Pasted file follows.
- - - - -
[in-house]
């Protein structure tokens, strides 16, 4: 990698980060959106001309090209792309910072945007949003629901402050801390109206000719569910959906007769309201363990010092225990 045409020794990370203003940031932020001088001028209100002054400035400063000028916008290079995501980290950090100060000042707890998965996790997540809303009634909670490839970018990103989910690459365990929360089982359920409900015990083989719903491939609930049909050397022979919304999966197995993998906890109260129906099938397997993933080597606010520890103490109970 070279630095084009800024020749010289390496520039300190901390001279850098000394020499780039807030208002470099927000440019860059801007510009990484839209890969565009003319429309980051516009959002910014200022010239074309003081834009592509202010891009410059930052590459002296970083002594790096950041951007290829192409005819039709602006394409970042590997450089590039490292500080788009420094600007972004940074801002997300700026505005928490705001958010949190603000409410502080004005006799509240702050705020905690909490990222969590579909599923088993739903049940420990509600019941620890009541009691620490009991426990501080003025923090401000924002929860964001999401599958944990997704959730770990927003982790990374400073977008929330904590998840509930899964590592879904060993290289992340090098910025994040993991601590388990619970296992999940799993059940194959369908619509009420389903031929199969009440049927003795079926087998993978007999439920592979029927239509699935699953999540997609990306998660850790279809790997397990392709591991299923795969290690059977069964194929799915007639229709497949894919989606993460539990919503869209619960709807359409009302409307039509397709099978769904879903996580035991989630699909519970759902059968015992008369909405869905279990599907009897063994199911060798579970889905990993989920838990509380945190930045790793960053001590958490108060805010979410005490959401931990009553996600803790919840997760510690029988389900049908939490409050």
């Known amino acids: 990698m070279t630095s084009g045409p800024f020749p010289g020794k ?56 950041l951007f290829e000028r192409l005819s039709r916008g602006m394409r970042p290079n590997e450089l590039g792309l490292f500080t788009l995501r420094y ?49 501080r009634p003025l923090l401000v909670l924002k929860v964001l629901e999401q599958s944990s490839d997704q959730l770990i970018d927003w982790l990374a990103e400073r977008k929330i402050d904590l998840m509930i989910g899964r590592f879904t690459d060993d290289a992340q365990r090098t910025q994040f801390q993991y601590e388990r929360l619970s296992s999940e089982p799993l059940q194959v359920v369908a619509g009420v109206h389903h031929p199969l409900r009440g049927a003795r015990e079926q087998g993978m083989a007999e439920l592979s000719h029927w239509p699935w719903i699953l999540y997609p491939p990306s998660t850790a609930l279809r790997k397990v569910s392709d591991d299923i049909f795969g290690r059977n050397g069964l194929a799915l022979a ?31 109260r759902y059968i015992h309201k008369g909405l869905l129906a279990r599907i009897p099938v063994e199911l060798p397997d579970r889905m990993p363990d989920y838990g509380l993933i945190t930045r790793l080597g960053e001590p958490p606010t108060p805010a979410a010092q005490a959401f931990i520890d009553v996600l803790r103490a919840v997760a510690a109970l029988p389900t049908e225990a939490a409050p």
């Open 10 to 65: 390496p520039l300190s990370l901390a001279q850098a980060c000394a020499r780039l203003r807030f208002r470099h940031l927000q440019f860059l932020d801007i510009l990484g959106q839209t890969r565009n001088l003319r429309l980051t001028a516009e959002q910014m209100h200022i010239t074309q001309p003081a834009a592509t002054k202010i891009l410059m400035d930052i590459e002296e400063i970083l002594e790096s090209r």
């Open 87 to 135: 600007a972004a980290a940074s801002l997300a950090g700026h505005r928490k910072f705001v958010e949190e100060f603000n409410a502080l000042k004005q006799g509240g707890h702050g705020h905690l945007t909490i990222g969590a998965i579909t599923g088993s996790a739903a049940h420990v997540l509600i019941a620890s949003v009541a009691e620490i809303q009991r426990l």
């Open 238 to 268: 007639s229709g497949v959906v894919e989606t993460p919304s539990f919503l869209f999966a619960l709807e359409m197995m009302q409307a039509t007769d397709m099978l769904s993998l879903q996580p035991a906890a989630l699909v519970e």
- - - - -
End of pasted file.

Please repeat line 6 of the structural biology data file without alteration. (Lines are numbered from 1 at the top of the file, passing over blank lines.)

């Open 238 to 268: 007639s229709g497949v959906v894919e989606t993460p919304s539990f919503l869209f999966a619960l709807e359409m197995m009302q409307a039509t007769d397709m099978l769904s993998l879903q996580p035991a906890a989630l699909v519970e």